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# Hyperelastic material

A hyperelastic or Green elastic material is an ideally elastic material for which the stress-strain relationship derives from a strain energy density function. The hyperelastic material is a special case of a Cauchy elastic material. For many materials, linear elastic models do not accurately describe the observed material behaviour. The most common example of this kind of material is rubber, whose stress-strain relationship can be defined as non-linearly elastic, isotropic, incompressible and generally independent of strain rate. Hyperelasticity provides a means of modeling the stress-strain behavior such materials. The behavior of unfilled, vulcanized elastomers often conforms closely to the hyperelastic ideal. Filled elastomers and biological tissues are also often modeled via the hyperelastic idealization.

Stress-strain relations

First Piola-Kirchhoff stress

If is the strain energy density function, the 1st Piola-Kirchoff stress tensor can be calculated for a hyperelastic material as:where is the deformation gradient. In terms of the Lagrangian Green strain ():In terms of the right Cauchy-Green deformation tensor ():

Second Piola-Kirchhoff stress

If is the second Piola-Kirchhoff stress tensor then:In terms of the Lagrangian Green strain:In terms of the right Cauchy-Green deformation tensor :

Cauchy stress

Similarly, the Cauchy stress is given by:In terms of the Lagrangian Green strain:In terms of the right Cauchy-Green deformation tensor :

Cauchy stress in terms of invariants

For isotropic hyperelastic materials, the Cauchy stress can be expressed in terms of the invariants of the left Cauchy-Green deformation tensor (or right Cauchy-Green deformation tensor). If the strain energy density function is , then:(See the page on the left Cauchy-Green deformation tensor for the definitions of these symbols).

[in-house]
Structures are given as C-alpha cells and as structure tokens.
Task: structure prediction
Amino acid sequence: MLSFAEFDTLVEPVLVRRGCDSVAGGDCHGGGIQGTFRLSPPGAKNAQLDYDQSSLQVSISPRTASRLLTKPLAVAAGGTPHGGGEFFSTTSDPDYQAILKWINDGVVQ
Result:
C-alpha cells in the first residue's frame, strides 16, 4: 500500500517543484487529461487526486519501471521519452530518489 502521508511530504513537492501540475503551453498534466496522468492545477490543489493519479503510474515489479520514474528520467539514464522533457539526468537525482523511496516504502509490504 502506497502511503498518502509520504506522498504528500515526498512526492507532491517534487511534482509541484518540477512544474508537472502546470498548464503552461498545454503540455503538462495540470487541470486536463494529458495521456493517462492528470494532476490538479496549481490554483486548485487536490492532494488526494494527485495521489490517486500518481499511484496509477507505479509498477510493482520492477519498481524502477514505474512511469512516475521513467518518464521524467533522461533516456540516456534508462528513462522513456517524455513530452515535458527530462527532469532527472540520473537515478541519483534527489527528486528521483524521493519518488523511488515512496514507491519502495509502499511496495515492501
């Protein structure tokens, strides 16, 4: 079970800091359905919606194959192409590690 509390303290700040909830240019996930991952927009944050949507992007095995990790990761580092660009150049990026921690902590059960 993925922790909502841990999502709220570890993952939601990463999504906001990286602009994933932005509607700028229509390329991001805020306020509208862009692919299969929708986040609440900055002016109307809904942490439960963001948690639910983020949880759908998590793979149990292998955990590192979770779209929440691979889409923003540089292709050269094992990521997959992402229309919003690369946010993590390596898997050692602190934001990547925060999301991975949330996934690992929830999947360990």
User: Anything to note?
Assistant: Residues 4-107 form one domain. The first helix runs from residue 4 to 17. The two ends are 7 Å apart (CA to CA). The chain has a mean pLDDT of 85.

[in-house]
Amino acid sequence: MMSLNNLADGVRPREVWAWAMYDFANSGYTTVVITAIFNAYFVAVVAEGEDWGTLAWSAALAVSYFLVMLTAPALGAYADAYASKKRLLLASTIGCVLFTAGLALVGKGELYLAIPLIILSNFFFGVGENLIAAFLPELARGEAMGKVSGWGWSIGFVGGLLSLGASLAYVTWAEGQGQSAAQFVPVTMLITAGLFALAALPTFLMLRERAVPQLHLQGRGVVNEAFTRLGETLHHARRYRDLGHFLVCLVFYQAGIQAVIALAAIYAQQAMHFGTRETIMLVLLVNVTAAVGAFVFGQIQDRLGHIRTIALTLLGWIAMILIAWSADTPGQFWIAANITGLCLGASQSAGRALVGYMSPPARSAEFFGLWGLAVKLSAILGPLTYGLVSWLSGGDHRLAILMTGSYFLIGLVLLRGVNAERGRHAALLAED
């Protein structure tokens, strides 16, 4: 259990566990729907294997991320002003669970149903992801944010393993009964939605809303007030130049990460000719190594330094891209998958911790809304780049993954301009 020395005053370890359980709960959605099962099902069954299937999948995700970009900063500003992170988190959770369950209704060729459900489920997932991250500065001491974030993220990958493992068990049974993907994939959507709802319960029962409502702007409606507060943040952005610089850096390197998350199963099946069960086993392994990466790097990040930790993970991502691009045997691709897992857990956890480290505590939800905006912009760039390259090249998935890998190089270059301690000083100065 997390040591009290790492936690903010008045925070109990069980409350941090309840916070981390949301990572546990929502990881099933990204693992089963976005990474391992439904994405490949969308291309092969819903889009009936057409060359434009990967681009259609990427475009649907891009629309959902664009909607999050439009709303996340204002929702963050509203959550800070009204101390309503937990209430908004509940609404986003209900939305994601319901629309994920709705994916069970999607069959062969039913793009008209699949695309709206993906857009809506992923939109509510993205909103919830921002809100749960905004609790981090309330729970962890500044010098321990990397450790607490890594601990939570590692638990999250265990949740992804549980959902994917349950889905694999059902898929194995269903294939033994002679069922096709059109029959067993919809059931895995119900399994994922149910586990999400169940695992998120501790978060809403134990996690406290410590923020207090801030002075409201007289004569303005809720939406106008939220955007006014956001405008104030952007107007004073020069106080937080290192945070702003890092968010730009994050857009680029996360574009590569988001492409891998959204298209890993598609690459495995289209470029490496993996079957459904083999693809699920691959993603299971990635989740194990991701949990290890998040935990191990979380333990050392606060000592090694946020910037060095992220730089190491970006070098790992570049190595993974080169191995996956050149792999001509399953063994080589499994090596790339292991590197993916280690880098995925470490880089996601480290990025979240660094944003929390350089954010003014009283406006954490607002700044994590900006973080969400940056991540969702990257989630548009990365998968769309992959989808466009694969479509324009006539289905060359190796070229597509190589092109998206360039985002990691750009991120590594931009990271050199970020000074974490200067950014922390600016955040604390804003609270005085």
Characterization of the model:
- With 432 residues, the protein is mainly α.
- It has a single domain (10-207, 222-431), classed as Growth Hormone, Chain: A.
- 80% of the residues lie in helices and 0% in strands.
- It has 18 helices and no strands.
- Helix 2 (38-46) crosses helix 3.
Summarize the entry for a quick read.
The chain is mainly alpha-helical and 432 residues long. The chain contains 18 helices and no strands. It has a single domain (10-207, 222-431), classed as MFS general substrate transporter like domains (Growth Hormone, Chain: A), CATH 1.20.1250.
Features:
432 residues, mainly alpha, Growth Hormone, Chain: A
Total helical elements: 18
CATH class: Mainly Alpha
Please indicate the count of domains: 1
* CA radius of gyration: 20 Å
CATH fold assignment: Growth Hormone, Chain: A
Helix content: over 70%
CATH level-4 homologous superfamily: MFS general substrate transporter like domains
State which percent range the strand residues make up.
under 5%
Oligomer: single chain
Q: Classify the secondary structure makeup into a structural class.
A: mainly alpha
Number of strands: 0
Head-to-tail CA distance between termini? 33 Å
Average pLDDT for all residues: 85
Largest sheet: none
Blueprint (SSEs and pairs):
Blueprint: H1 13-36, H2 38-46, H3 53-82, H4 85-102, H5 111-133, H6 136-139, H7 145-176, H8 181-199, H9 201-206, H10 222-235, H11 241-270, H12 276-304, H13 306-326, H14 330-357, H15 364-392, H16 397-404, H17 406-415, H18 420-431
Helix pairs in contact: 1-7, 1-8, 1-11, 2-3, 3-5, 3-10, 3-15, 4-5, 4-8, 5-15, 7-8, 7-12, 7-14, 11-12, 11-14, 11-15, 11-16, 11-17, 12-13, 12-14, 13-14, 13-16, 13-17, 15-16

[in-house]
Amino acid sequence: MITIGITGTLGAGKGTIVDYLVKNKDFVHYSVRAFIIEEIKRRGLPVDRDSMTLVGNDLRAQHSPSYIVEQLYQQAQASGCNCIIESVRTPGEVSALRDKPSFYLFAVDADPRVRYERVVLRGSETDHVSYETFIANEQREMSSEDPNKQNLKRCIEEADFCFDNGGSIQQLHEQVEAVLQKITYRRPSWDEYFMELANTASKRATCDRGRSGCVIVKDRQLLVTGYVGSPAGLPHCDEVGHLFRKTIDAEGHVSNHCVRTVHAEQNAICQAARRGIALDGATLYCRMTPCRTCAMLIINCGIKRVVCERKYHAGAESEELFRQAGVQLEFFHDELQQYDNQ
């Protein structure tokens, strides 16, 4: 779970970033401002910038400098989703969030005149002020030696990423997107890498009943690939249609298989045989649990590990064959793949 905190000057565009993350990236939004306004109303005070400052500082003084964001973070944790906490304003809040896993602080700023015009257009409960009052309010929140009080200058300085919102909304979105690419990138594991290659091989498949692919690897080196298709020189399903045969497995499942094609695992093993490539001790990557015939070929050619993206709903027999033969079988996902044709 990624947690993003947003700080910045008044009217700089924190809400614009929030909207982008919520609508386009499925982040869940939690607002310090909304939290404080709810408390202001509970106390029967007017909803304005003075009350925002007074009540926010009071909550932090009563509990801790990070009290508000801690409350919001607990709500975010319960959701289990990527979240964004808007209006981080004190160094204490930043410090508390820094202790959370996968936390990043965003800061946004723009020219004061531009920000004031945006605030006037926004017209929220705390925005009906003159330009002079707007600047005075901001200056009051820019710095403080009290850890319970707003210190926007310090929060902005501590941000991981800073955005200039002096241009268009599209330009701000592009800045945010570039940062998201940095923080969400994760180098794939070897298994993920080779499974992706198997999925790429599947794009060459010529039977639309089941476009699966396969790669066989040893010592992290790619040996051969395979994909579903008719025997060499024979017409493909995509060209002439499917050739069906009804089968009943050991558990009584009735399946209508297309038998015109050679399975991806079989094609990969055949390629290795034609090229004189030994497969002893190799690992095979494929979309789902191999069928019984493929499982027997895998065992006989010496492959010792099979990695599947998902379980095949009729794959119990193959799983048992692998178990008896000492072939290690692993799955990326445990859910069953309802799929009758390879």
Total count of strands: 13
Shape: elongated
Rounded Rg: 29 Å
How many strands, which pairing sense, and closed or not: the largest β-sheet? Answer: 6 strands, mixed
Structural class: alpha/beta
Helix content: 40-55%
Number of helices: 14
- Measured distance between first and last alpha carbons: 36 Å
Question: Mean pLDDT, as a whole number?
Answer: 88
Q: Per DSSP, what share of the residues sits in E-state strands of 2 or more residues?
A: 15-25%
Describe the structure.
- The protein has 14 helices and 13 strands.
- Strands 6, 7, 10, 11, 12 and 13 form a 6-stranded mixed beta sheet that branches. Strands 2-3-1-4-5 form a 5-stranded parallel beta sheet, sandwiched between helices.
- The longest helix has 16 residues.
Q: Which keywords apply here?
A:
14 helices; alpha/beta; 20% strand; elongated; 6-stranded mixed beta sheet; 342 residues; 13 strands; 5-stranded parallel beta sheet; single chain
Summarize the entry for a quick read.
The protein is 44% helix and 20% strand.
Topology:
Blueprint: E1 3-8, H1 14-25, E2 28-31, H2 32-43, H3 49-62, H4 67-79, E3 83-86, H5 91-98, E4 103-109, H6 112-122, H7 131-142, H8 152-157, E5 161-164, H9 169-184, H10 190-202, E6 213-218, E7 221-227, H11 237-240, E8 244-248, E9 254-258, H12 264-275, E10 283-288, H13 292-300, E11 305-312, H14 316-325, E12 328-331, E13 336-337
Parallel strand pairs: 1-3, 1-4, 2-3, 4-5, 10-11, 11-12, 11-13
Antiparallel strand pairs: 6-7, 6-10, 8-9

:

Incompressible hyperelastic materials

For an incompressible material . The incompressibility constraint is therefore $J-1= 0$. To ensure incompressibility of a hyperelastic material, the strain-energy function can be written in form::where the hydrostatic pressure $p$ functions as a Lagrangian multiplier to enforce the incompressibility constraint. The 1st Piola-Kirchoff stress now becomes:This stress tensor can subsequently be converted into any of the other conventional stress tensors, such as the Cauchy Stress tensor which is given by:For incompressible isotropic hyperelastic materials, the strain energy density function is . The Cauchy stress is then given by:

Hyperelastic Models

The simplest hyperelastic material model is the Saint Venant-Kirchhoff model which is just an extension of the linear elastic material model to the nonlinear regime. This model has the form :where is the second Piola-Kirchhoff stress and is the Lagrangian Green strain, and $lambda$ and $mu$ are the Lamé constants.

The strain-energy density function for the St. Venant-Kirchhoff model is:and the second Piola-Kirchhoff stress can be derived from the relation:

Ronald Rivlin and Melvin Mooney developed the first hyperelastic models, the Neo-Hookean and Mooney-Rivlin solids. Many other hyperelastic models have since been developed. Models can be classified as:

1) phenomenological descriptions of observed behavior
*Mooney-Rivlin
*Ogden
*Polynomial
*Yeoh

2) mechanistic models deriving from arguments about underlying structure of the material
*Arruda-Boyce model
*Neo-Hookean

3) hybrids of phenomenological and mechanistic models
*Gent

References

* R.W. Ogden: "Non-Linear Elastic Deformations", ISBN 0-486-69648-0

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